I saw the movie Lincoln last evening; two venues, four showings today, 2400 people, in the Mesa theater alone. Our local loyal viewers clapped at the ending, proud that we abolished slavery. I hope my neighbors also saw how difficult it was to secure the majority needed to amend the Constitution, how fairness and equality are the mainstays of our democracy and how compromise, even coercion, among people of differing views can accomplish small pieces of a large goal; it took another hundred years for blacks to obtain their civil rights in our country. Now we struggle for LGBT equality!It is all too human to resist change; even more human to collect in groups with like-minded others to the exclusion of others which we often feel protects "us" even while it demeans "them." We try to substitute sports team allegiance for clan behavior, hopefully stopping short of the violence that has been known to erupt in soccer match playoffs. We identify with the sports team, rooting for them when they win and often demeaning them when they lose. But often sport team alliance is not sufficient; we resort to the tension between groups that flares into violence and threatens to involve more and more groups who identify and align with one side or the other.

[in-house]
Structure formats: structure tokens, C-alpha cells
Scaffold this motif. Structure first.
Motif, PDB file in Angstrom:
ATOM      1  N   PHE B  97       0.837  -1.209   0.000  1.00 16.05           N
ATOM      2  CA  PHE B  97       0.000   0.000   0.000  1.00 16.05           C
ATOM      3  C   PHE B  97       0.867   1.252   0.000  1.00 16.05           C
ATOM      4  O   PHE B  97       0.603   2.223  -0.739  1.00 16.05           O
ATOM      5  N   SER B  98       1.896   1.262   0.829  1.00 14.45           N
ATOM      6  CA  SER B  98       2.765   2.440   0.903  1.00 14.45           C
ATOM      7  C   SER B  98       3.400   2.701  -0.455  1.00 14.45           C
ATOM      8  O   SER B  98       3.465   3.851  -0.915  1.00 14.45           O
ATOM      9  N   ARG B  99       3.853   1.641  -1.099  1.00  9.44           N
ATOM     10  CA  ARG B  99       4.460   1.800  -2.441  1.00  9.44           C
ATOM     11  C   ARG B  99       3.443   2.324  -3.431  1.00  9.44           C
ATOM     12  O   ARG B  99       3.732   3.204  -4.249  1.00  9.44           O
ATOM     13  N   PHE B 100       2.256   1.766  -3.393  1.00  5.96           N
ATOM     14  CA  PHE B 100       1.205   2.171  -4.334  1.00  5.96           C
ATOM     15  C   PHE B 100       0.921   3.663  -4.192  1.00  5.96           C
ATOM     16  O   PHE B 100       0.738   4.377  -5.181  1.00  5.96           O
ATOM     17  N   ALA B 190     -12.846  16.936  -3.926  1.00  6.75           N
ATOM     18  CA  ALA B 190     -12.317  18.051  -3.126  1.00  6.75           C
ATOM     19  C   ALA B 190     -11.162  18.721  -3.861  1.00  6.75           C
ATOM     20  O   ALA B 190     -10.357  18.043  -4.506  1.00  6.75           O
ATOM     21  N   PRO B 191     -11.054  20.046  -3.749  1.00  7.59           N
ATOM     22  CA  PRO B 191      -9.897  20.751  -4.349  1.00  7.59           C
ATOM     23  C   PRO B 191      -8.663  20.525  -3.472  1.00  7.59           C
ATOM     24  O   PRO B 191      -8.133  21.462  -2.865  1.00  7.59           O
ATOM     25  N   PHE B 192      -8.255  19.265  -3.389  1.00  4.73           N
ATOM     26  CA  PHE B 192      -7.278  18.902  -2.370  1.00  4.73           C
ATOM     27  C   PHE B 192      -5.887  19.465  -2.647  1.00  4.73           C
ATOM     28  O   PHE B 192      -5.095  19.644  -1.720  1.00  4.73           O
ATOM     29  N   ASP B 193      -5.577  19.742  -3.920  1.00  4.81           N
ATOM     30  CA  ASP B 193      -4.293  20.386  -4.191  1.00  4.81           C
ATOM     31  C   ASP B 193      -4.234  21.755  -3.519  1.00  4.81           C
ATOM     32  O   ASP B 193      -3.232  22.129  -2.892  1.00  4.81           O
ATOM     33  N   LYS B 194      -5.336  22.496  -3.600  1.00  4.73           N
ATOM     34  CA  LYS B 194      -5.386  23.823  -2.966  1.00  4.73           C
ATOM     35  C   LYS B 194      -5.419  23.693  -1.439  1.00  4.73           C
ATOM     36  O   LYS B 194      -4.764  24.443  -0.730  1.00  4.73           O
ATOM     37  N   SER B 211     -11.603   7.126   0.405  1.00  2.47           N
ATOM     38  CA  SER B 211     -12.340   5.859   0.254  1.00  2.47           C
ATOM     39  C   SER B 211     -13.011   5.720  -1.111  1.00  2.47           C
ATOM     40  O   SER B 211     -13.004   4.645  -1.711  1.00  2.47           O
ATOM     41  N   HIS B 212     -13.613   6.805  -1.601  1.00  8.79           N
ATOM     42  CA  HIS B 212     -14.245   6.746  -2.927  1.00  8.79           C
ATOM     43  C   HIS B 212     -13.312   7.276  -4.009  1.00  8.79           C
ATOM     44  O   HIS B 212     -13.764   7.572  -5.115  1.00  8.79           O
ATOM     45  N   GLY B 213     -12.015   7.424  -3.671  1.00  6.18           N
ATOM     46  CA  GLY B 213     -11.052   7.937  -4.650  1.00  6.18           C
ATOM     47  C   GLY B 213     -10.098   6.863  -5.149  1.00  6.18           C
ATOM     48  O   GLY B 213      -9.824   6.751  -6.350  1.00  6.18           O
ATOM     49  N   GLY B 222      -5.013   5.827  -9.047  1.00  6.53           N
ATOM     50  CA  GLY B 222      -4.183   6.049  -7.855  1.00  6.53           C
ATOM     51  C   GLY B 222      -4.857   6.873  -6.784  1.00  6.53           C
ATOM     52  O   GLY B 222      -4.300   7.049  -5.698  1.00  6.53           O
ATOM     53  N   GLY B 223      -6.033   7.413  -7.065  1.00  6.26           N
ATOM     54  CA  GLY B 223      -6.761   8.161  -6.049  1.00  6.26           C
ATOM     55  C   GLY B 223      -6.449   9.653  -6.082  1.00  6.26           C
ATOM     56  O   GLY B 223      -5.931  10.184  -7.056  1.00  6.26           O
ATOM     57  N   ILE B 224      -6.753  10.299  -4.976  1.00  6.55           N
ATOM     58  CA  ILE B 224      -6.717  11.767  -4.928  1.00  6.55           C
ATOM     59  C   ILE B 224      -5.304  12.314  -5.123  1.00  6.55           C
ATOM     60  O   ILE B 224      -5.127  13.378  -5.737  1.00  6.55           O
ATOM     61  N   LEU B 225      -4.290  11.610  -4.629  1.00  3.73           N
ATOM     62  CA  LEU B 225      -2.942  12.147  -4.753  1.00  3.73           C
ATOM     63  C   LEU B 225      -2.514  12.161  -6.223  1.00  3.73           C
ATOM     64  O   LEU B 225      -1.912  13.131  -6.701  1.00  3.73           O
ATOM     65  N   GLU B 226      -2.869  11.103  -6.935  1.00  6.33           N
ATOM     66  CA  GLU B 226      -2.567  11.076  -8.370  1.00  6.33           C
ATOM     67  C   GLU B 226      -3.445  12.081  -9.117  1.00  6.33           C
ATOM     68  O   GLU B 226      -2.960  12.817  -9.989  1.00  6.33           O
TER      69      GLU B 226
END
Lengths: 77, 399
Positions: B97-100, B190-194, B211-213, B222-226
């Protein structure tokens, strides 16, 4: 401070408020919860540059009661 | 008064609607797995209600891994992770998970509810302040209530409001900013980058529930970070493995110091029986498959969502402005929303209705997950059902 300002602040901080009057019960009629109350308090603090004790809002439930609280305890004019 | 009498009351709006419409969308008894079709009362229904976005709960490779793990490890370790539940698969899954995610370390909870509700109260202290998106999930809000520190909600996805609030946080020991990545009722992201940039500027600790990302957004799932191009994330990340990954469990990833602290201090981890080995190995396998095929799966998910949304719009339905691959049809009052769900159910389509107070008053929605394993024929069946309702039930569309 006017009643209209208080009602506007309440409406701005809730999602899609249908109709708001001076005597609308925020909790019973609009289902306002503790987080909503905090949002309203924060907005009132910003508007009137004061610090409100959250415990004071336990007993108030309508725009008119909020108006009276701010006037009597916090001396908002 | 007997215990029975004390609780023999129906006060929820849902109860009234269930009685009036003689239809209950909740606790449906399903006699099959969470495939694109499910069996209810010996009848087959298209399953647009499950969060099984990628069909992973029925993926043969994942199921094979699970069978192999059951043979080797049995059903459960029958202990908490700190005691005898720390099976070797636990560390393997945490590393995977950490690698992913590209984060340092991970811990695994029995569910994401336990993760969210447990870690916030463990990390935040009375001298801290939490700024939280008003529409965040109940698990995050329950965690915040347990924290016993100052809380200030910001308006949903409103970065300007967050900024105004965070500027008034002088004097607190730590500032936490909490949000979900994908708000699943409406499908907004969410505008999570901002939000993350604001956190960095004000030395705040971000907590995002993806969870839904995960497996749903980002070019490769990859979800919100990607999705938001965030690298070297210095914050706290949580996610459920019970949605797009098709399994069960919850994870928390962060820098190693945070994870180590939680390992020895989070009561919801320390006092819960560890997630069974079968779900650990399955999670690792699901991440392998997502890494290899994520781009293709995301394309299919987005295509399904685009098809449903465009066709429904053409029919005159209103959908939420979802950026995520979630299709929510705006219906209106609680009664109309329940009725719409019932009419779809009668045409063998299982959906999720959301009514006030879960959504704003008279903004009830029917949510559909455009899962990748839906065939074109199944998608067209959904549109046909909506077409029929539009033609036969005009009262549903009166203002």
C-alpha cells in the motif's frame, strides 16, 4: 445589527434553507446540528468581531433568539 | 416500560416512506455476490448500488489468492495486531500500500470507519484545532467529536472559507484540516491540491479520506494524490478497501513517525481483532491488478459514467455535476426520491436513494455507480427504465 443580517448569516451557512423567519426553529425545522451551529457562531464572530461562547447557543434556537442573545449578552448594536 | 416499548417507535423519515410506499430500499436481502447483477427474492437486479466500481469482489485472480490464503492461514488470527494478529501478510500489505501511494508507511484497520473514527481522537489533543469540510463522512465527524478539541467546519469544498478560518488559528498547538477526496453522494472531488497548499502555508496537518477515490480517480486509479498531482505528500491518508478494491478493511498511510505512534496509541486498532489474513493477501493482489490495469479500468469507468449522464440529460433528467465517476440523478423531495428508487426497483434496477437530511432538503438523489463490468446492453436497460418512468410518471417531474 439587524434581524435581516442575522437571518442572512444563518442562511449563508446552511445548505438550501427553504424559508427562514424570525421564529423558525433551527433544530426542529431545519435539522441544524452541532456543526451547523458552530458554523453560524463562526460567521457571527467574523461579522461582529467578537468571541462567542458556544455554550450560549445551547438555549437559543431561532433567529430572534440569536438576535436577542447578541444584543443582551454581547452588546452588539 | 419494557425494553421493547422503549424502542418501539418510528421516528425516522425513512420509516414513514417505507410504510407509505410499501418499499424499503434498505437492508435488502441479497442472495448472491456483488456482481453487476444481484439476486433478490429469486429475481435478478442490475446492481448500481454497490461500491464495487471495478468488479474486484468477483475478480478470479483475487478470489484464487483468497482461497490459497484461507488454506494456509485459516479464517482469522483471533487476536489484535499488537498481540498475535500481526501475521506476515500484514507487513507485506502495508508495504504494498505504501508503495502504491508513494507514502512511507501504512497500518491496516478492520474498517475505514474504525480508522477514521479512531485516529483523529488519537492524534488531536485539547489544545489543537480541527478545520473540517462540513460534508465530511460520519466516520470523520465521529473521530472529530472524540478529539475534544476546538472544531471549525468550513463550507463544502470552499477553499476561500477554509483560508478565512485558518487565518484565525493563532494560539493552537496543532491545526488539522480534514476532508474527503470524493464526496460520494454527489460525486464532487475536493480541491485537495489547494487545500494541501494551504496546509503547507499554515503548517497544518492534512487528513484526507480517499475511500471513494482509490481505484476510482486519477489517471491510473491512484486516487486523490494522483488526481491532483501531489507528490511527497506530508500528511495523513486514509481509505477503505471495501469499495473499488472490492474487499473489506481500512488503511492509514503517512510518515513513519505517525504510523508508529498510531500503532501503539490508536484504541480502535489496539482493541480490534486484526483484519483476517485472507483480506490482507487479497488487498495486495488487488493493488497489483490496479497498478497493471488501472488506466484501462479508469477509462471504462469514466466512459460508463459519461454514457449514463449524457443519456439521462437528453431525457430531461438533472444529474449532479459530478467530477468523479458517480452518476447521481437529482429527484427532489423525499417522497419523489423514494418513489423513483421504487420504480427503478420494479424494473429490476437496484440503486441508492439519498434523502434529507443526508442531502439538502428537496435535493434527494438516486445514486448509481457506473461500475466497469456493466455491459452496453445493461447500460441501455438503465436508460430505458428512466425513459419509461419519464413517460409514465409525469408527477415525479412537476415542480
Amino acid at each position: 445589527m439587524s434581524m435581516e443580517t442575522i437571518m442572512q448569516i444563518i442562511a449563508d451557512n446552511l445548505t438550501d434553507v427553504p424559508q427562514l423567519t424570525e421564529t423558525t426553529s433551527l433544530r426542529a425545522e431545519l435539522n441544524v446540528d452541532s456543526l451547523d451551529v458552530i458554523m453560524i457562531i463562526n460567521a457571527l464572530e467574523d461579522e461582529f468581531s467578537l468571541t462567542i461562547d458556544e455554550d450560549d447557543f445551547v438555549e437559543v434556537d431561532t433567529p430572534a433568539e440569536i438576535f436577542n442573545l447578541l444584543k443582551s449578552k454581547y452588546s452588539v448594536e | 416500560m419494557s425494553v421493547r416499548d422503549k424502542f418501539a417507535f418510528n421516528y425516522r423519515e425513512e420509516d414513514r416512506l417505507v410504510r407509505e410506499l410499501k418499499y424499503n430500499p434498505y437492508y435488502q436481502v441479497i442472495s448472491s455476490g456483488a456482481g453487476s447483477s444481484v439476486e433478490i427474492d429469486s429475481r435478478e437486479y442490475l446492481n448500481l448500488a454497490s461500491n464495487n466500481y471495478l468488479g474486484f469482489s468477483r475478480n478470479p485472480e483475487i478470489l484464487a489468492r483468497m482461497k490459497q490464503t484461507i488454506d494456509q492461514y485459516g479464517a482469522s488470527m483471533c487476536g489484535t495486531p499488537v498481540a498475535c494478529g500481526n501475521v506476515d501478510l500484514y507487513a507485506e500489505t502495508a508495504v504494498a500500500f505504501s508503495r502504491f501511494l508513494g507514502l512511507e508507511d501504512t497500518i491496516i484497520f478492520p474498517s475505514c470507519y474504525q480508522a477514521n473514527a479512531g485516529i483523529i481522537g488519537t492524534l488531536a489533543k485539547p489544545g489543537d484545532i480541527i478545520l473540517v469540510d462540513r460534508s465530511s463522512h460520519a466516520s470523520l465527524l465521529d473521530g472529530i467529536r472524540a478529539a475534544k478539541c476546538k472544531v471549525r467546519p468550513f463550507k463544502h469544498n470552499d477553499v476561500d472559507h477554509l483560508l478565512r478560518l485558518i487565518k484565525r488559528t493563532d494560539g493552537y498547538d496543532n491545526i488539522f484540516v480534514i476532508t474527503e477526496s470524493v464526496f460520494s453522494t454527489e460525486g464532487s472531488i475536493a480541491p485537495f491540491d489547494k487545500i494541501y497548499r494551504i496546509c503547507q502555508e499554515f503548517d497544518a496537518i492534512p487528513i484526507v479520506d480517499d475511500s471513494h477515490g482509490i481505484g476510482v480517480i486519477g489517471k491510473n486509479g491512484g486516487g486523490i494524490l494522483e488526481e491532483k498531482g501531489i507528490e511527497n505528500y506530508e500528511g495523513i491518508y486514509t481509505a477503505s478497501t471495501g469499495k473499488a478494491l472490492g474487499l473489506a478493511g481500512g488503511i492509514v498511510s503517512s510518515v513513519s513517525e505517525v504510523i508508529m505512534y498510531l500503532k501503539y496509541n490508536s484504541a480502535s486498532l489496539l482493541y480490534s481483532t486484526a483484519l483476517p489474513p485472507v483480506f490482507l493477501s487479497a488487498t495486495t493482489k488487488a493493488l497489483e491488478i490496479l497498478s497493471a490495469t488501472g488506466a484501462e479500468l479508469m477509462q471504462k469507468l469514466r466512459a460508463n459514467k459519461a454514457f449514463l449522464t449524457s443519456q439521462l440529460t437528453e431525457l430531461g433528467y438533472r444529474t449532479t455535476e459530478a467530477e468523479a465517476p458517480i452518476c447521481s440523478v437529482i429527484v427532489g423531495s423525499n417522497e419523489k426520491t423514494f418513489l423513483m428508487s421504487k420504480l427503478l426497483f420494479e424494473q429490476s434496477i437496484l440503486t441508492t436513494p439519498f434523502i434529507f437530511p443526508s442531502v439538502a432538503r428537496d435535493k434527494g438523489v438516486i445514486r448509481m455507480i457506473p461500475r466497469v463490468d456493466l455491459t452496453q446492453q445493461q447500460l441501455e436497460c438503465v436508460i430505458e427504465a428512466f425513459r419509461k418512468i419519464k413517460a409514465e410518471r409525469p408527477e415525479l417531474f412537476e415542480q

We pick sides, deciding who we feel is the aggressor and who the underdog, but much like sibling squables in which the parent does not recognize that it is often the sweet girl or the younger sibling who instiogates the quarrel, many parents blame the older or the stronger or the one whom the parent perceives as smarter, ignoring the facts of the quarrel. Most times, home based arguments end with both children being quarantined for a time in separate spaces until the tension subsides and either the children work out a solution or the parents exert their authority to resolve the dispute.
Bullying is to be fought against, self-defense is to be encouraged, resorting to violence is the worst of all methods but if fighting is needed to stop aggression, at least let the participants work out a cease-fire and talk out their issues without senseless escalation which can happen when parents choose sides between their children, when schools and ever larger forces of authority involve themselves in the quarrel which grows to a battle and to a war.